Second-quarter revenue from lead generation was down 1 percent from a year ago, to $402 million. The 7 percent market share for the category was down from 8 percent a year ago.

PricewaterhouseCoopers could not provide more detailed information on Internet advertising by real estate companies and mortgage lenders, and the report did not attempt to forecast future ad spending.

Projections for real estate

But another company that tracks ad spending by real estate companies and mortgage lenders in detail, Borrell Associates, provided Inman News with its own projections through 2013.

Borrell estimates that spending on online advertising by real estate-related companies and mortgage lenders grew by nearly 20 percent in 2007, to $9.1 billion, and that it will continue to grow through the downturn — but at a much slower pace than during the height of the boom.

While online ad spending by real estate companies and mortgage lenders grew by 30.4 percent in 2006, to $7.6 billion, Borrell is forecasting that annual growth in real estate-related online advertising will slow to 11.3 percent in 2008 and 5.1 percent next year.

"We see a slowdown this half of the year and have adjusted our forecasts downward for 2008 and for 2009," said Peter Conti, senior vice president at Borrell Associates. "Interactive spending continues to show strength throughout this downturn. The major change to growth patterns previously forecast is acceleration. Events looked for in 2010 are now forecast for 2009."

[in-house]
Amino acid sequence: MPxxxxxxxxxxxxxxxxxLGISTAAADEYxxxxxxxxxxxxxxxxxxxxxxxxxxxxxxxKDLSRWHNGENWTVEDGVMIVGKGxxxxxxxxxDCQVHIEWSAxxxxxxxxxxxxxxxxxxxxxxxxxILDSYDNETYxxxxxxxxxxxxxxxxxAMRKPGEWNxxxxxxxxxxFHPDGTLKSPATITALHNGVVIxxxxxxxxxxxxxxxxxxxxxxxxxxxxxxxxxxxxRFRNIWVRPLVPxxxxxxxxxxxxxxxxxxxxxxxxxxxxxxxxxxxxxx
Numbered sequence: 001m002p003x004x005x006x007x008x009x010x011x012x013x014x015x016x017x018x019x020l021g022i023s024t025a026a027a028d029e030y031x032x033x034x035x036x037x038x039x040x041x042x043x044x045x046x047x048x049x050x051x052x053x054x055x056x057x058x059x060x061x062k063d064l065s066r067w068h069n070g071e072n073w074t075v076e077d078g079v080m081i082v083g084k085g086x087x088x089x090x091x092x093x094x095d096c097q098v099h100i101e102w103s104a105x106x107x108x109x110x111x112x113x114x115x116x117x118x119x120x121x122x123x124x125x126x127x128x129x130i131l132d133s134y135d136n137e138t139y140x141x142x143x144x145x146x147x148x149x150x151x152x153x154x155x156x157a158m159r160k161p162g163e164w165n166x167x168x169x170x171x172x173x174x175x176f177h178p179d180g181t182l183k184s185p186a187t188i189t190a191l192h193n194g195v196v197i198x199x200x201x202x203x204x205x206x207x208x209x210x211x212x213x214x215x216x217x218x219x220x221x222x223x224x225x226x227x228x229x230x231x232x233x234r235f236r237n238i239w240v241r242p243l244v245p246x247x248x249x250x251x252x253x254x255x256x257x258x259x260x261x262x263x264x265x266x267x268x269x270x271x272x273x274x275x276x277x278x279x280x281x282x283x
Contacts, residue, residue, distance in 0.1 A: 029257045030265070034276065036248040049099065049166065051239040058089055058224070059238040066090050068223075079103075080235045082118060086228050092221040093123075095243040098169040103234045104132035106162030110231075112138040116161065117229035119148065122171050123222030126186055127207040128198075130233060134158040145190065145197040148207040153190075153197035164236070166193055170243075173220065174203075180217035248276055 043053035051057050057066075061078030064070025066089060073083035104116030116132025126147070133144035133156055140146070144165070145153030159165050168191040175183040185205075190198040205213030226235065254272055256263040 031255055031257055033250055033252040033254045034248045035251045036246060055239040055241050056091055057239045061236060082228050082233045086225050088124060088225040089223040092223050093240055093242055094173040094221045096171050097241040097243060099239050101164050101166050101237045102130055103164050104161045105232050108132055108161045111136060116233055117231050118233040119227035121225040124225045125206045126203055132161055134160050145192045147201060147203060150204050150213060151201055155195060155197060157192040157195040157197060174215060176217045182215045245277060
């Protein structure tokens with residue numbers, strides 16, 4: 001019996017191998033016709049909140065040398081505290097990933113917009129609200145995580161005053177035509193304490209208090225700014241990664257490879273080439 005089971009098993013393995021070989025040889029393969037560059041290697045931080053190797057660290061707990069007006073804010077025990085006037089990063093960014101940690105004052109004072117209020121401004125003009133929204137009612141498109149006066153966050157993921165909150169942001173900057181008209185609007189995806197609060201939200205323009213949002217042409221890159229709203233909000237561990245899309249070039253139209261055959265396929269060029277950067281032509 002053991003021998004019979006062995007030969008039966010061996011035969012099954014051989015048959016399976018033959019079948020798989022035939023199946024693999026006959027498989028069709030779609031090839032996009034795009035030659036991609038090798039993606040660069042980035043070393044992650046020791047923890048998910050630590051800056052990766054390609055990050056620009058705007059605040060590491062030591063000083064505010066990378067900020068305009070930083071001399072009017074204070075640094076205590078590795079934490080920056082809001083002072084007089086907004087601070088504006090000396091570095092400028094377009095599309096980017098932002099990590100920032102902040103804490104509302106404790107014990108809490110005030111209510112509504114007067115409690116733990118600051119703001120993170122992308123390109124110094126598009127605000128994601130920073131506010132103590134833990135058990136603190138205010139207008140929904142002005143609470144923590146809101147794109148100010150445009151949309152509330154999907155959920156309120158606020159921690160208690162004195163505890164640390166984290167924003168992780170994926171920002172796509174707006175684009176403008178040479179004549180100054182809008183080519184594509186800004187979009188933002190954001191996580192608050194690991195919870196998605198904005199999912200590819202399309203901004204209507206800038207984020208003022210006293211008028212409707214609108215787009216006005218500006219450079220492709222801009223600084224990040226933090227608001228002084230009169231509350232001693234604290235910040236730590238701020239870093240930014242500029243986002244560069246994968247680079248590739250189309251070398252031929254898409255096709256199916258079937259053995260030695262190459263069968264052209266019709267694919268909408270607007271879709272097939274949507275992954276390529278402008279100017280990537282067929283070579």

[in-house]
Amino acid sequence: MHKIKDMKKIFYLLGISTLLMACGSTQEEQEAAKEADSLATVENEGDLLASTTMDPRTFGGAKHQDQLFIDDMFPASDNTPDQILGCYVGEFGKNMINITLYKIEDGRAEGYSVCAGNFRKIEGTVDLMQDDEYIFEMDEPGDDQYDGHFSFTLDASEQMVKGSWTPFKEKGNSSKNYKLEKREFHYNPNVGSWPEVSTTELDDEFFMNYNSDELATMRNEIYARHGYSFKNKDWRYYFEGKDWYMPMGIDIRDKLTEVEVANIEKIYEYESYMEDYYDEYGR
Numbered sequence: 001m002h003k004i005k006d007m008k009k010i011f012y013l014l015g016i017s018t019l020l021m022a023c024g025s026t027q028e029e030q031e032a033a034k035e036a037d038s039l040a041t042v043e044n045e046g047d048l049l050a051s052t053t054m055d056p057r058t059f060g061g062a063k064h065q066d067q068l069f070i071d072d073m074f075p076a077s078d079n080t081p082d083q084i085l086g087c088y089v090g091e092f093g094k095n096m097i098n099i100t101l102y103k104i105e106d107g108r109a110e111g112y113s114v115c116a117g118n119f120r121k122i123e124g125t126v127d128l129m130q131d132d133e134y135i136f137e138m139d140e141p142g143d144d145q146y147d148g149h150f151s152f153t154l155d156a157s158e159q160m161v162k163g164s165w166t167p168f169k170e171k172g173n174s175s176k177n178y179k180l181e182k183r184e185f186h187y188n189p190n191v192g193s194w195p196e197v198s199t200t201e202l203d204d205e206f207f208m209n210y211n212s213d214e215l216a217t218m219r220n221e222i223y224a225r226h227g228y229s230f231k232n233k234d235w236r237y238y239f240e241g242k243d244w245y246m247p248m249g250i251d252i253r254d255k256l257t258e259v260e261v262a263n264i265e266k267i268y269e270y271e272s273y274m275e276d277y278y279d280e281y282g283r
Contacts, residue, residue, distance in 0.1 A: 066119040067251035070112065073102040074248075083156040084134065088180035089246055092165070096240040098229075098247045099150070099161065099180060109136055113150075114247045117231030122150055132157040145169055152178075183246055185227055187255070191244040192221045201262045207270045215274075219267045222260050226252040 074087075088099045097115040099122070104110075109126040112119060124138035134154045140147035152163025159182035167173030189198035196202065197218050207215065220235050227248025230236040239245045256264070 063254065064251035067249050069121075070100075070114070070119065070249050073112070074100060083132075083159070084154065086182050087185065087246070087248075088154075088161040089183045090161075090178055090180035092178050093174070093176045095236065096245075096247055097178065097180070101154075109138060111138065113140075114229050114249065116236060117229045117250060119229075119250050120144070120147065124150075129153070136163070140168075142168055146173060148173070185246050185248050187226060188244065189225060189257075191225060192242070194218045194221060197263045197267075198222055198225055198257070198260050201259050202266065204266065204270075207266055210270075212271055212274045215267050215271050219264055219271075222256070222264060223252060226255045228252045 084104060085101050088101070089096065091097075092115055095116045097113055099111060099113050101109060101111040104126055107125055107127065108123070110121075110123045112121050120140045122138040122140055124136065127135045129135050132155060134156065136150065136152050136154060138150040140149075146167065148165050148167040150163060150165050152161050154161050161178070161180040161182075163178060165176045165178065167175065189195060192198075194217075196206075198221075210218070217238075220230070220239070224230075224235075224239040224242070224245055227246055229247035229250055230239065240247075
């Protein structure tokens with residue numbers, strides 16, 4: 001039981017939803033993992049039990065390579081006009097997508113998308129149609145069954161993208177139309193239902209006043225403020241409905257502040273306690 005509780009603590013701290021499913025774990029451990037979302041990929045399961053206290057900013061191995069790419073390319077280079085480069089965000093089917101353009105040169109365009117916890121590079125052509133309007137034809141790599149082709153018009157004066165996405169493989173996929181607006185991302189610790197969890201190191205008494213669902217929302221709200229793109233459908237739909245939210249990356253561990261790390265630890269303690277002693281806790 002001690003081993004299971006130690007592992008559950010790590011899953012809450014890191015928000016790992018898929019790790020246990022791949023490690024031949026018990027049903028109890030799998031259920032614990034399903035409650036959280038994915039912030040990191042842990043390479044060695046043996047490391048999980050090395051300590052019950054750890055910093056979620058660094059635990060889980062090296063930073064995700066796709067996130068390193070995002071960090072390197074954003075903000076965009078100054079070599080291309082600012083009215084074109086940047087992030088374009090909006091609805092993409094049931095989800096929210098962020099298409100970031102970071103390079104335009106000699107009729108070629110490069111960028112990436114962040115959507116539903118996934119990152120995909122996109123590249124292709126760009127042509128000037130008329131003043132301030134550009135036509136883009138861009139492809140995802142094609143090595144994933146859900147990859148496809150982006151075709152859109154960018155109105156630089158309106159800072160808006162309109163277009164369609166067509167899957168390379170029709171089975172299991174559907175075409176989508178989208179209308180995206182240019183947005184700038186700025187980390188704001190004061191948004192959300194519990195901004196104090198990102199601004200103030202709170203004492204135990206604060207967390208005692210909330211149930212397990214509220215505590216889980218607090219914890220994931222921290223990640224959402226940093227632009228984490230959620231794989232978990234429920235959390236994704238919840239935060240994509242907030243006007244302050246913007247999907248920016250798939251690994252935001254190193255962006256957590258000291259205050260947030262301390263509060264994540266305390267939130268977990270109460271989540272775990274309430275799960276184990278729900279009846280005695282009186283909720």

Total real estate-related ad spending — including not only ads placed on the Web but in newspapers, television, radio and sent via direct mail — is projected to decline by 2.2 percent in 2008, to $31.6 billion. Borrell forecasts that growth in online spending will largely be offset by large declines for newspapers, directories and other print mediums, and direct mail.

That mirrors the trend in 2007, when Borrell estimates newspapers saw real estate-related ad revenue fall 16.9 percent, and directories lost 11.8 percent of the previous year’s business. Direct mail outfits also fared poorly, experiencing a 12.7 percent drop in revenue.

By 2013, Borrell expects the Internet will capture 33.1 percent of a projected $35.3 billion real estate-related ad spend, compared to a 19.6 percent share of the $29.9 billion expended in 2005. Internet-related advertising includes ads placed by real estate agents and brokers, rental property management firms, real estate developers, and mortgage originators.

From 2005-13, Borrell projects that newspapers could see their share of the real estate advertising pie slip from 25.8 percent to 19 percent. The company’s analysts thinks direct mail will only account for 6.3 percent of the real estate-related ad spend in 2013, compared to 14.3 percent in 2005.

Cable TV and cinema are expected to make modest gains in market share during that time period — broadcast and cable TV combined are expected to command 22.2 percent of real estate-related ad spending by 2013 — but the 13.6 market share point shift to online is nearly equal to the 14.8 points Borrell expects to be lost by both newspapers (6.8 points) and direct mail (8 points).